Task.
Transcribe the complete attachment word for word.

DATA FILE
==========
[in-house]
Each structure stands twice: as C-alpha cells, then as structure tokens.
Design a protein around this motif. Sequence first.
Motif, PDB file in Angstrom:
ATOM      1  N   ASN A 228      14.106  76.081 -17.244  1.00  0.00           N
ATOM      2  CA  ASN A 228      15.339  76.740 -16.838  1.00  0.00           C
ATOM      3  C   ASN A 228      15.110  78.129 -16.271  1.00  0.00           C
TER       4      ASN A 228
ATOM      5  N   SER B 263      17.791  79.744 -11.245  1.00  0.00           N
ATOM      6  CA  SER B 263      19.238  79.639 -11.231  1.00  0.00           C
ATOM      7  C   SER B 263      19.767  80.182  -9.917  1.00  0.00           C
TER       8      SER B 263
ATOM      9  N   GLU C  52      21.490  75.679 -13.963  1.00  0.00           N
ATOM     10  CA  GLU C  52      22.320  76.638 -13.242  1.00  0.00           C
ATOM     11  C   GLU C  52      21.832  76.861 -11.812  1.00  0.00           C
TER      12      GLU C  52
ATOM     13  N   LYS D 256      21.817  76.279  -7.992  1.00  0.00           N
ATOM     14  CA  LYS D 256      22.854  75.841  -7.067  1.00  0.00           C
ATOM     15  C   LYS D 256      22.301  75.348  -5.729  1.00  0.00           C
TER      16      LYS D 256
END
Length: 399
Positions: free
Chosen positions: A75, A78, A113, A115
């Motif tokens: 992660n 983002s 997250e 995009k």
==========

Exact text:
[in-house]
Each structure stands twice: as C-alpha cells, then as structure tokens.
Design a protein around this motif. Sequence first.
Motif, PDB file in Angstrom:
ATOM      1  N   ASN A 228      14.106  76.081 -17.244  1.00  0.00           N
ATOM      2  CA  ASN A 228      15.339  76.740 -16.838  1.00  0.00           C
ATOM      3  C   ASN A 228      15.110  78.129 -16.271  1.00  0.00           C
TER       4      ASN A 228
ATOM      5  N   SER B 263      17.791  79.744 -11.245  1.00  0.00           N
ATOM      6  CA  SER B 263      19.238  79.639 -11.231  1.00  0.00           C
ATOM      7  C   SER B 263      19.767  80.182  -9.917  1.00  0.00           C
TER       8      SER B 263
ATOM      9  N   GLU C  52      21.490  75.679 -13.963  1.00  0.00           N
ATOM     10  CA  GLU C  52      22.320  76.638 -13.242  1.00  0.00           C
ATOM     11  C   GLU C  52      21.832  76.861 -11.812  1.00  0.00           C
TER      12      GLU C  52
ATOM     13  N   LYS D 256      21.817  76.279  -7.992  1.00  0.00           N
ATOM     14  CA  LYS D 256      22.854  75.841  -7.067  1.00  0.00           C
ATOM     15  C   LYS D 256      22.301  75.348  -5.729  1.00  0.00           C
TER      16      LYS D 256
END
Length: 399
Positions: free
Chosen positions: A75, A78, A113, A115
């Motif tokens: 992660n 983002s 997250e 995009k």